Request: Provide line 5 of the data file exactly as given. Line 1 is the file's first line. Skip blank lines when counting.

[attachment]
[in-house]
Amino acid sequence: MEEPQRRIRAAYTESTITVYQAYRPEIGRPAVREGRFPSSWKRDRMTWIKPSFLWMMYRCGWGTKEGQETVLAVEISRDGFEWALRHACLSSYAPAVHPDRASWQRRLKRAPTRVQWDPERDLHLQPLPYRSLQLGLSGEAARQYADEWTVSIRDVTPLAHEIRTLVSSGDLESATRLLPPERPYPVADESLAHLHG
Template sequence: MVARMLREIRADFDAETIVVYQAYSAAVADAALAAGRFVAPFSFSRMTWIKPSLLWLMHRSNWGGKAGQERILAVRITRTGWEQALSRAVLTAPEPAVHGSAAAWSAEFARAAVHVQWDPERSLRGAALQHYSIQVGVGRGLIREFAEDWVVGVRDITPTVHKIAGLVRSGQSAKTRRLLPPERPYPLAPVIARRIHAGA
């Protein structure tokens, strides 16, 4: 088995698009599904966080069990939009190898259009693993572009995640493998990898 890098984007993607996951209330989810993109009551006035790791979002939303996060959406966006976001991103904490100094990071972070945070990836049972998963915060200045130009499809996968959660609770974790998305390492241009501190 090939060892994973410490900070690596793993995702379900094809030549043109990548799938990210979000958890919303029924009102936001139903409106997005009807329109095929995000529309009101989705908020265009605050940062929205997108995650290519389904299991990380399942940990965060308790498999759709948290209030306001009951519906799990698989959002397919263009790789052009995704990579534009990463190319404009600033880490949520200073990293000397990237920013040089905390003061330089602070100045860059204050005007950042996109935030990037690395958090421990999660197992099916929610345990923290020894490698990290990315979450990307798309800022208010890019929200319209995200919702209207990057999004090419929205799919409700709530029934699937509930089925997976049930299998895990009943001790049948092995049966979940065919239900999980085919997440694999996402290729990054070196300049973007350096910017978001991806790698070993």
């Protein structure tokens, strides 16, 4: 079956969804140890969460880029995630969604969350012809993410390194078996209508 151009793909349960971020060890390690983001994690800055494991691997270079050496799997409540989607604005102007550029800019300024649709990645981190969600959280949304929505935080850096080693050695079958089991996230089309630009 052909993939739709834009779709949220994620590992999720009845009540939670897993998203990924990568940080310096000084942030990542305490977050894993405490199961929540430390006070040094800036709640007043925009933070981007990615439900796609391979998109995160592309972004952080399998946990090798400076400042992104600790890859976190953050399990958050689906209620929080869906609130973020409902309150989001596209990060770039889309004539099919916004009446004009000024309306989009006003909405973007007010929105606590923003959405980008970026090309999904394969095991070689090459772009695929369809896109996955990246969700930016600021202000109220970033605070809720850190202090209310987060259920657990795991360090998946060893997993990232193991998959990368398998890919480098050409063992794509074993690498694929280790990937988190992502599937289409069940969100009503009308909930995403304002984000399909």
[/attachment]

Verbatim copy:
């Protein structure tokens, strides 16, 4: 079956969804140890969460880029995630969604969350012809993410390194078996209508 151009793909349960971020060890390690983001994690800055494991691997270079050496799997409540989607604005102007550029800019300024649709990645981190969600959280949304929505935080850096080693050695079958089991996230089309630009 052909993939739709834009779709949220994620590992999720009845009540939670897993998203990924990568940080310096000084942030990542305490977050894993405490199961929540430390006070040094800036709640007043925009933070981007990615439900796609391979998109995160592309972004952080399998946990090798400076400042992104600790890859976190953050399990958050689906209620929080869906609130973020409902309150989001596209990060770039889309004539099919916004009446004009000024309306989009006003909405973007007010929105606590923003959405980008970026090309999904394969095991070689090459772009695929369809896109996955990246969700930016600021202000109220970033605070809720850190202090209310987060259920657990795991360090998946060893997993990232193991998959990368398998890919480098050409063992794509074993690498694929280790990937988190992502599937289409069940969100009503009308909930995403304002984000399909």